Global Warming is destroying tens billions of dollars of economic productivity each year from some of world’s most important cities, according to new research by the Atlantic Council.
The problem is the impact of extreme heat on workers. The report estimated that annual worker productivity losses amounted to $44 billion on average across the 12 cities included in the research. That figure is projected to rise to $84 billion by 2050 unless heat-trapping greenhouse gases are drawn down, the analysis said.
“Climate driven heat is changing how we live and work, but current awareness of this silent, invisible threat is dangerously inadequate,” stated Kathy Baughman McLeod (senior vice president and director, Adrienne Arsht–Rockefeller Foundation Ressilience Center at Atlantic Council), in a statement that was released with the report’s publication.
The researchers looked at a variety of cities, including Athens in Greece and New Delhi in India. They also studied Los Angeles and Miami in the United States.
They found that cities will lose more productivity, which means they will have less money to invest in climate adaptation and resilience measures. This creates what the authors call the “pernicious consequences” of urban heat. Researchers projected that by 2050, more than 970 cities would experience average summertime high temperatures of 95 degrees Fahrenheit, compared to 354 cities today.
Yet cities continue to grow while rural economies shed workers, forcing tens to millions of unemployed and underemployed people into urban areas. According to the World Bank, 4.4 billion people, or 56 percent of the world’s population lives in urban areas. Based on projections of migration and population growth, this figure is expected to rise to 6 billion 2045.
“Heat has a disproportionate effect on cities–and it is ironic that more people are flocking there due to increasing climate impacts elsewhere–compelled me to quantify and explore both the economic and social consequences of our roasting planet,” Baughman McCLeod stated.
Productivity drops will vary between cities depending on their core economic sectors and geographic location. According to the researchers, cities in the Global South will experience greater and more rapid increases in worker productivity as a percentage of output in low- and middle-income cities. These include Bangkok, Thailand, Dhaka Bangladesh, Freetown, Sierra Leone, and New Delhi.
The report showed that
Dhaka will experience an 8.3 percent decrease in worker productivity as a percentage of total economic output. Bangkok, however, will see a nearly 5% reduction. “These losses are particularly damaging to lower paid sectors,” with outdoor workers losing 40 percent of their economic output, the analysis found.
Freetown is a West African capital on the coast of 1. 27 million people, will go from nine to 120 extremely hot days by 2050. The analysis also states that nighttime temperatures will rise, which is “critical for predicting injury or loss from extreme heat.” The city recently appointed a heat officer and has begun a campaign to plant 1,000,000 trees. It also plans to provide shade structures for female traders at three large open-air marketplaces.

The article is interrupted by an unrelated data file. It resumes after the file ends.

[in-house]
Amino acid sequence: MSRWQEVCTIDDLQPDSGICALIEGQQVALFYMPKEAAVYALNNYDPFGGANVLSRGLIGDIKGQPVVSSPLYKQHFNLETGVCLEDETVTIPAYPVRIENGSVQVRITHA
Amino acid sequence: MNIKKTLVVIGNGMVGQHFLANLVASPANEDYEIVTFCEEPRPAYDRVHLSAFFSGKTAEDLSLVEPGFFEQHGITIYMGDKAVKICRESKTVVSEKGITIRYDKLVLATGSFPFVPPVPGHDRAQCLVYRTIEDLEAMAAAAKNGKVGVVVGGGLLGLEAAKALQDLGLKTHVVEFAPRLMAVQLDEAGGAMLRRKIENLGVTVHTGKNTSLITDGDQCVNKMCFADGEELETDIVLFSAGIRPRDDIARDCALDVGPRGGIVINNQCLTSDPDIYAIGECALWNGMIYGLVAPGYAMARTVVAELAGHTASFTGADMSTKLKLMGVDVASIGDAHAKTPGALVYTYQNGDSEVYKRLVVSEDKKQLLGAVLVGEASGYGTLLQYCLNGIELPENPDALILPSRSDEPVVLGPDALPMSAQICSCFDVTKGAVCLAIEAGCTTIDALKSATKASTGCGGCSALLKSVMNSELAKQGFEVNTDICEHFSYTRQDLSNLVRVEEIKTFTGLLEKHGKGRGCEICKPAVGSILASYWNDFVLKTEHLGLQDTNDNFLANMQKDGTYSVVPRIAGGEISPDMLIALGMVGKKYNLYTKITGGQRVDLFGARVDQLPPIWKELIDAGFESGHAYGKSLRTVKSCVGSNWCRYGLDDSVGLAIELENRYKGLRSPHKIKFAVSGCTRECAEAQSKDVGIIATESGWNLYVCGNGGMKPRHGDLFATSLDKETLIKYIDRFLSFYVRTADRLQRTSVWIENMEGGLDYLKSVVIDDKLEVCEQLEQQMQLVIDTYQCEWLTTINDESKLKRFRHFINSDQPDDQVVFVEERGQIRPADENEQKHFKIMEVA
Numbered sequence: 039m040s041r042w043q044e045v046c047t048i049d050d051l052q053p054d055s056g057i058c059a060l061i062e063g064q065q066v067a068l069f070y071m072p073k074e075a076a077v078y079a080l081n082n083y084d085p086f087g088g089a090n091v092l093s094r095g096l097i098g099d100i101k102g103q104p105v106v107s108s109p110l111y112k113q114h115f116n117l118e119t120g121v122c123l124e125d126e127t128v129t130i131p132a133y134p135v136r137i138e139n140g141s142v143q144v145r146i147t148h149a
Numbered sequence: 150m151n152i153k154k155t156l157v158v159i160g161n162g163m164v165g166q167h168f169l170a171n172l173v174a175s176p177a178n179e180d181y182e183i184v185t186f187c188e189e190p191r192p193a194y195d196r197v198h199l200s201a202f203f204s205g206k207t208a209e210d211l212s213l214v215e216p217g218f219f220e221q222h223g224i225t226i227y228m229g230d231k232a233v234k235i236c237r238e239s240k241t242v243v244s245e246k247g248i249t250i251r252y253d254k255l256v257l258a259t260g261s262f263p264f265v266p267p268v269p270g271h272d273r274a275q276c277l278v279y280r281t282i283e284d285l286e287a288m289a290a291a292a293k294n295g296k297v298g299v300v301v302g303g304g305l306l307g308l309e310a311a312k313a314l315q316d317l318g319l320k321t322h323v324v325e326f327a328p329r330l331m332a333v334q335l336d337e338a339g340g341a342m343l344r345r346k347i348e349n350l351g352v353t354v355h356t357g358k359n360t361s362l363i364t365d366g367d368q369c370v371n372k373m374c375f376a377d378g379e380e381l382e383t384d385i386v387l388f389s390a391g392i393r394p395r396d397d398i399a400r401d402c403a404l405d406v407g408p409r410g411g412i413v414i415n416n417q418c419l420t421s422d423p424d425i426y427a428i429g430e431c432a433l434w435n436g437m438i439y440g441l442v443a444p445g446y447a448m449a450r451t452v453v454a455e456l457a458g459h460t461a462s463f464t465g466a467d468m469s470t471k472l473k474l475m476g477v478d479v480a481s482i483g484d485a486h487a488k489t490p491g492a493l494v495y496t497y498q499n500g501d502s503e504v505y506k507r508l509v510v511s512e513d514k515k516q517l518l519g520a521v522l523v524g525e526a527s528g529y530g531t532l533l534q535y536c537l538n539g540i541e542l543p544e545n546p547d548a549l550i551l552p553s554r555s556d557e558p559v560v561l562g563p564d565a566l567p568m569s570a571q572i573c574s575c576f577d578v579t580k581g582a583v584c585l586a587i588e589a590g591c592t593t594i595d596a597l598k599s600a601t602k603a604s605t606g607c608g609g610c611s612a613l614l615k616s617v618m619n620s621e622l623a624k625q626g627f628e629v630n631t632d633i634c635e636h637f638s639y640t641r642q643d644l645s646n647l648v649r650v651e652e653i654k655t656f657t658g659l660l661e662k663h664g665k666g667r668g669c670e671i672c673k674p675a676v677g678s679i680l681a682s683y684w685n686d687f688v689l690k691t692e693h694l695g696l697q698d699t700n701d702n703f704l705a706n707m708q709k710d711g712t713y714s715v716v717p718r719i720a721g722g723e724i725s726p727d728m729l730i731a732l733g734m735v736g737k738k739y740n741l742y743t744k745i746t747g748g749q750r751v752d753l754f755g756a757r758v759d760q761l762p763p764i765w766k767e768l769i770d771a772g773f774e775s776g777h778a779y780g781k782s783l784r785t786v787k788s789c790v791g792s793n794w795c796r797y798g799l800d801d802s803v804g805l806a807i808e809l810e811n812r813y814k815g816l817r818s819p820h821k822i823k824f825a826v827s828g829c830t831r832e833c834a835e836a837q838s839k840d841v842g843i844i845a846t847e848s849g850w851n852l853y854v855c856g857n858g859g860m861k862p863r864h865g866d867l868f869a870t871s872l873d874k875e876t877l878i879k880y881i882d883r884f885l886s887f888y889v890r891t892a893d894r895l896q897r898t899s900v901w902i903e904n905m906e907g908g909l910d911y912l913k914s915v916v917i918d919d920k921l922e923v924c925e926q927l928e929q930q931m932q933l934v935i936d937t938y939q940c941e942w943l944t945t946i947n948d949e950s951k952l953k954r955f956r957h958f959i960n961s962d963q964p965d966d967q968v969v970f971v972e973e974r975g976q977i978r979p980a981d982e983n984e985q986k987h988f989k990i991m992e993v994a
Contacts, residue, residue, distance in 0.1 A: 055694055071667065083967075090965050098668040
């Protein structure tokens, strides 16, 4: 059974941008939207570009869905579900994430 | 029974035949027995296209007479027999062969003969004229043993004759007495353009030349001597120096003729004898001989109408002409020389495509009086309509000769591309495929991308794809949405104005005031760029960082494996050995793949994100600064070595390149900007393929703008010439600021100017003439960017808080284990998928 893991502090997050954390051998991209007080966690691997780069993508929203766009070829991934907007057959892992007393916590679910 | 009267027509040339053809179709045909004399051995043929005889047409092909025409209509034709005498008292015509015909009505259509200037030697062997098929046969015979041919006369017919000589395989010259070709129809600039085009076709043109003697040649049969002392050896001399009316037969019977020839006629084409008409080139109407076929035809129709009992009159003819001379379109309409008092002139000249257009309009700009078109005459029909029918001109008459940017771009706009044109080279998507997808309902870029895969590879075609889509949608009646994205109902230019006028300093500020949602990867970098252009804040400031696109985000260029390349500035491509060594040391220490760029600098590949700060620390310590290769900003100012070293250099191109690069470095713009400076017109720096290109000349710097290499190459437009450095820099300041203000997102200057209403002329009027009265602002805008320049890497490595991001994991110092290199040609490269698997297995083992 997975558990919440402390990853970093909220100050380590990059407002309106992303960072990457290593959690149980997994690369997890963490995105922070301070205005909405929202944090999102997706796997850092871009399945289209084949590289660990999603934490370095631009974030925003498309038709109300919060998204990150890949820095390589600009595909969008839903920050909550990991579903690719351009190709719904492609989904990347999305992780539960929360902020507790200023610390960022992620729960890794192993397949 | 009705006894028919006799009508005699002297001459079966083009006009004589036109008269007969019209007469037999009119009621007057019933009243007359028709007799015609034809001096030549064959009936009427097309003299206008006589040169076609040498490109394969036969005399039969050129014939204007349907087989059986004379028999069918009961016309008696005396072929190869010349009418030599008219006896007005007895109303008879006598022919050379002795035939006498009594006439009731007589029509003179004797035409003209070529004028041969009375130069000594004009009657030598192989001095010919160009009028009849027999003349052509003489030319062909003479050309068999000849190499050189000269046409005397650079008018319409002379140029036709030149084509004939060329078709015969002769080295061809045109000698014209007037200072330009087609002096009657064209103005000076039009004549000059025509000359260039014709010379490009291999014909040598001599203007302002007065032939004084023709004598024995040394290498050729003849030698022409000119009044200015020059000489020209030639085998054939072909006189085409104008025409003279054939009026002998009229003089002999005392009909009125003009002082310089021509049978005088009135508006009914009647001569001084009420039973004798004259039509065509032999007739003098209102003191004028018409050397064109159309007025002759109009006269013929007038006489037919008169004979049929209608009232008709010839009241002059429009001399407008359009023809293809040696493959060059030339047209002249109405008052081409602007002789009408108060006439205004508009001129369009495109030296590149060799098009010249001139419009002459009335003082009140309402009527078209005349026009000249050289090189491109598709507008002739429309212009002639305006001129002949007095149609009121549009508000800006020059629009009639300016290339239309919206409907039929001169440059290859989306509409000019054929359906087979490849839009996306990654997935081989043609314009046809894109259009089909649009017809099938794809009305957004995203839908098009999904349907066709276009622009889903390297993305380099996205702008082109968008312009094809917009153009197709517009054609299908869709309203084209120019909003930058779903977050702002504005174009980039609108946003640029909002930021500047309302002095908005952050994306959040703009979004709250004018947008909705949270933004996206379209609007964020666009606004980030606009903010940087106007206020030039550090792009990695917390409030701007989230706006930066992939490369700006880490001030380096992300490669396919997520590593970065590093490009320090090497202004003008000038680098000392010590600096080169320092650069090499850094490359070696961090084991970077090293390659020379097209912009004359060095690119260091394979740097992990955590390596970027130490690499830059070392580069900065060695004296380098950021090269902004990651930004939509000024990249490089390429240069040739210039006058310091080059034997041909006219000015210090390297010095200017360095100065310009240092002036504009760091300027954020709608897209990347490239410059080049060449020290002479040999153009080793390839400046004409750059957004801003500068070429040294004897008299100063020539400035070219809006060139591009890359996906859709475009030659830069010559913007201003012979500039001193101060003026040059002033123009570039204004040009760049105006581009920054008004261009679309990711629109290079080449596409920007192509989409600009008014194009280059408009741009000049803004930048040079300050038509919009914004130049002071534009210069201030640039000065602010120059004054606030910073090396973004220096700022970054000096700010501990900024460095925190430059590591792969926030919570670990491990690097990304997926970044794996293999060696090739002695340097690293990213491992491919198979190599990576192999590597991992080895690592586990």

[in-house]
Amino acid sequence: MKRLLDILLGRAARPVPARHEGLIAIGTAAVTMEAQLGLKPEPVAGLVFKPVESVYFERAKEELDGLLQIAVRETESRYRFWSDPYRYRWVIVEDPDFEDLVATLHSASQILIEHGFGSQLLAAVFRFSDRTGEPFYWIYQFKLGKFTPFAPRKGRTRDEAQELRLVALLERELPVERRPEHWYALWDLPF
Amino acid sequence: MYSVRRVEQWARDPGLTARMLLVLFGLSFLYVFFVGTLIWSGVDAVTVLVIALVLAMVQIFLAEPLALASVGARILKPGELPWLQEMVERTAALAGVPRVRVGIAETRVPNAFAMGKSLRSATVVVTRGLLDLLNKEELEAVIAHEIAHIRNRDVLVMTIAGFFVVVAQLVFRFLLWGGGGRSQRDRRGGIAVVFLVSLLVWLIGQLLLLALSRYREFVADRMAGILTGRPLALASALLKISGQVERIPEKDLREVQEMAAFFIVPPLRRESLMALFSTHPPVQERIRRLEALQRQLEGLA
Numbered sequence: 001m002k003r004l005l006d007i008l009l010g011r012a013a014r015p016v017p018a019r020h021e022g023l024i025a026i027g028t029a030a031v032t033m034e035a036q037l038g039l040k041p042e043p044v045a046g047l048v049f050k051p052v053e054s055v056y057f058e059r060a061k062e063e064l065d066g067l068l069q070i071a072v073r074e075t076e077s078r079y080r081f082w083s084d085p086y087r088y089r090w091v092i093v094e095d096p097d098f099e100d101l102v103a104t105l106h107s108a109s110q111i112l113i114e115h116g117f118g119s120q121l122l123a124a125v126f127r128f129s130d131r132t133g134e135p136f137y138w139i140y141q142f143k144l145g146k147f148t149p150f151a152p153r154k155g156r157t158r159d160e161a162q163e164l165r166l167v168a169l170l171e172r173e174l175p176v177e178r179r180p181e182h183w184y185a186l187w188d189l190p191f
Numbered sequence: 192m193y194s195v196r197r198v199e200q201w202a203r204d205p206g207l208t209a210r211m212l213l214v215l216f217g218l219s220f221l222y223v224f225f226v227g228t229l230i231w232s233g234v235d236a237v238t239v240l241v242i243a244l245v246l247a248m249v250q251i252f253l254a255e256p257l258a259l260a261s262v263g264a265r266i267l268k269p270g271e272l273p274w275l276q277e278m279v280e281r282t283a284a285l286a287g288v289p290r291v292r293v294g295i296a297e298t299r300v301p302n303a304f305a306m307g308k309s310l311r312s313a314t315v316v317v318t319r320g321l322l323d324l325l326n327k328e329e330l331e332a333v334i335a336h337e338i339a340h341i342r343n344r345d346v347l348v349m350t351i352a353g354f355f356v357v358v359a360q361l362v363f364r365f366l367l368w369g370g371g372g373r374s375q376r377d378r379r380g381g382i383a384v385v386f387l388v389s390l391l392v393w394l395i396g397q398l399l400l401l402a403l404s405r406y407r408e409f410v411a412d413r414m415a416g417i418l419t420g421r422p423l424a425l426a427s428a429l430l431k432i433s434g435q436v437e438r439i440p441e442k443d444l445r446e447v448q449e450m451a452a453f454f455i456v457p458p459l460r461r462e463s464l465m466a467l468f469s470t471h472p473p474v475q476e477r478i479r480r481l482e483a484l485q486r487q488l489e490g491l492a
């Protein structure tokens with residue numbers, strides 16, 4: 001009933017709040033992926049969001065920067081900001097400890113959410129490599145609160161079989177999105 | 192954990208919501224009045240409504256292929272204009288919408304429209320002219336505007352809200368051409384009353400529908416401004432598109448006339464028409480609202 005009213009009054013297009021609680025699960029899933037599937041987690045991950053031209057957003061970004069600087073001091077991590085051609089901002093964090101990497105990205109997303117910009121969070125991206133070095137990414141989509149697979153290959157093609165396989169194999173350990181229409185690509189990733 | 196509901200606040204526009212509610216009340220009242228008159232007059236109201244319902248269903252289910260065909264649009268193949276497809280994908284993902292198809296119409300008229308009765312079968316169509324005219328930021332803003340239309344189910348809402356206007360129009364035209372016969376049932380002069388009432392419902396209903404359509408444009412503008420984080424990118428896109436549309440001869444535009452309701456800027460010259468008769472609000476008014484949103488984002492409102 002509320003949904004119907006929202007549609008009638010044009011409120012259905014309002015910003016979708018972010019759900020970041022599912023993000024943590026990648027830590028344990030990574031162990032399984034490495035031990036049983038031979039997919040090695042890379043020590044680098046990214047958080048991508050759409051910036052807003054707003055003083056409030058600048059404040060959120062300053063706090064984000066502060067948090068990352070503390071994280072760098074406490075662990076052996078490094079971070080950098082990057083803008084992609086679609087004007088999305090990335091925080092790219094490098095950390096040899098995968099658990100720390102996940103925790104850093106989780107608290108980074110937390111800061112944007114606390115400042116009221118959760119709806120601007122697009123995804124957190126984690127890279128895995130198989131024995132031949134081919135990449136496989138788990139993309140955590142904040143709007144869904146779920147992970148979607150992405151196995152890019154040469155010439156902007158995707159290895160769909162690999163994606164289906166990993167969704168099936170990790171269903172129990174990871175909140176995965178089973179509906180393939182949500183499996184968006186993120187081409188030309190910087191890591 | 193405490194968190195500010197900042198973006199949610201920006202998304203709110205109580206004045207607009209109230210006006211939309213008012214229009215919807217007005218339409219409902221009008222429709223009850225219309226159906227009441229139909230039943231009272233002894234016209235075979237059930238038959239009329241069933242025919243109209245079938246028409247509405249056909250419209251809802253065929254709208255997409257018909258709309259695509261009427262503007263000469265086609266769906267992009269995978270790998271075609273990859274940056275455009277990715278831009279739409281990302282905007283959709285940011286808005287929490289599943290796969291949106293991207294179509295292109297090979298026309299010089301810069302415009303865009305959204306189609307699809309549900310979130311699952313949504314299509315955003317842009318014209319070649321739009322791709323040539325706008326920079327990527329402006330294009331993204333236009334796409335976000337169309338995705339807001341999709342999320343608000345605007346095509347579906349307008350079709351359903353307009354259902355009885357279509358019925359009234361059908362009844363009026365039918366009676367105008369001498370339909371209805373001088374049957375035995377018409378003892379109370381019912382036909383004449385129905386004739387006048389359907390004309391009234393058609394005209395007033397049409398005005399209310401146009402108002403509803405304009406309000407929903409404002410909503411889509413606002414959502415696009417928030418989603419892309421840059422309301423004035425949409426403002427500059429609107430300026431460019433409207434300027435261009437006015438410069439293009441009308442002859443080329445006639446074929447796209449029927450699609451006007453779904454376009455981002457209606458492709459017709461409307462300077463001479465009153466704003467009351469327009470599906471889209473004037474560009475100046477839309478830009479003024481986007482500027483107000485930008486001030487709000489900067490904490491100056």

“We will continue our efforts to protect Freetonians against this invisible threat,” Mayor Yvonne Aki–Sawyerr stated in a statement.
Wealthier communities will also experience economic pain due to lost productivity.
In Miami, the combination of increased heat and humidity is projected to double economic losses–from $10 billion to $20 billion–over the next three decades. Miami-Dade Mayor Daniella Levine Cava stated that extreme heat can cause severe heat stress and will lead to double economic losses. The city plans to invest in green infrastructure, including expanding its tree canopy to reduce heat stress.
Los Angeles, which currently experiences nearly $5 billion in lost worker productivity in an average year, according to the analysis, also will see a doubling in heat-related economic losses, to $11 billion, by 2050. The analysis stated that all sectors of the city’s economy would be affected, but construction workers will suffer the most.
London has a milder climate than most southern cities. This problem will be exacerbated by heat stress on infrastructure, such as highways or rail lines, that are not built to withstand high temperatures.
“The analysis shows that the past summer in the Northern Hemisphere painted a frightening picture of the catastrophic effects of climate change. Extreme heat is currently killing more people than any other climate-driven catastrophe.
Other cities analyzed in the report include Buenos Aires (Argentina), Monterrey (Mexico), Santiago, Chile, and Sydney.
Reprinted from E&E News with permission from